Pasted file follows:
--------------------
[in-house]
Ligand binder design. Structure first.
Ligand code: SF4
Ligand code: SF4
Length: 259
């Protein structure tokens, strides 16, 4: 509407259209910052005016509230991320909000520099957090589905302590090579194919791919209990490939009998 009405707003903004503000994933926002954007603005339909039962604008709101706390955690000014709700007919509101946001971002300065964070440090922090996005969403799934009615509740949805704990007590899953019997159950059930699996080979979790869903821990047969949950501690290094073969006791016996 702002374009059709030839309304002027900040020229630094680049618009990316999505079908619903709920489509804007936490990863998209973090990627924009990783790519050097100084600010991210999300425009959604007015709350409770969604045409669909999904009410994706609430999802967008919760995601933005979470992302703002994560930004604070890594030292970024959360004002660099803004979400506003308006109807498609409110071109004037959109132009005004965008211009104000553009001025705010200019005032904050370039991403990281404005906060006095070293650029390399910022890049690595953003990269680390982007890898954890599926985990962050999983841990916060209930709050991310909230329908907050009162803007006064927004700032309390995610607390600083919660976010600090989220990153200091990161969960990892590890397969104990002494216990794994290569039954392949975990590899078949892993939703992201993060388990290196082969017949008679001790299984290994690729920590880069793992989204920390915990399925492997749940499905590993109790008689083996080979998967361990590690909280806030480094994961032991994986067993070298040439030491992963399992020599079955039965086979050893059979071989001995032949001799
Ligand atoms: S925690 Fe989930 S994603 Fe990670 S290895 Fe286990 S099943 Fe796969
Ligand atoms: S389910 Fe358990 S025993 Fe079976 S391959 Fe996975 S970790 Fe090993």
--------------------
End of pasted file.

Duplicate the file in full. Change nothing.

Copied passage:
[in-house]
Ligand binder design. Structure first.
Ligand code: SF4
Ligand code: SF4
Length: 259
């Protein structure tokens, strides 16, 4: 509407259209910052005016509230991320909000520099957090589905302590090579194919791919209990490939009998 009405707003903004503000994933926002954007603005339909039962604008709101706390955690000014709700007919509101946001971002300065964070440090922090996005969403799934009615509740949805704990007590899953019997159950059930699996080979979790869903821990047969949950501690290094073969006791016996 702002374009059709030839309304002027900040020229630094680049618009990316999505079908619903709920489509804007936490990863998209973090990627924009990783790519050097100084600010991210999300425009959604007015709350409770969604045409669909999904009410994706609430999802967008919760995601933005979470992302703002994560930004604070890594030292970024959360004002660099803004979400506003308006109807498609409110071109004037959109132009005004965008211009104000553009001025705010200019005032904050370039991403990281404005906060006095070293650029390399910022890049690595953003990269680390982007890898954890599926985990962050999983841990916060209930709050991310909230329908907050009162803007006064927004700032309390995610607390600083919660976010600090989220990153200091990161969960990892590890397969104990002494216990794994290569039954392949975990590899078949892993939703992201993060388990290196082969017949008679001790299984290994690729920590880069793992989204920390915990399925492997749940499905590993109790008689083996080979998967361990590690909280806030480094994961032991994986067993070298040439030491992963399992020599079955039965086979050893059979071989001995032949001799
Ligand atoms: S925690 Fe989930 S994603 Fe990670 S290895 Fe286990 S099943 Fe796969
Ligand atoms: S389910 Fe358990 S025993 Fe079976 S391959 Fe996975 S970790 Fe090993």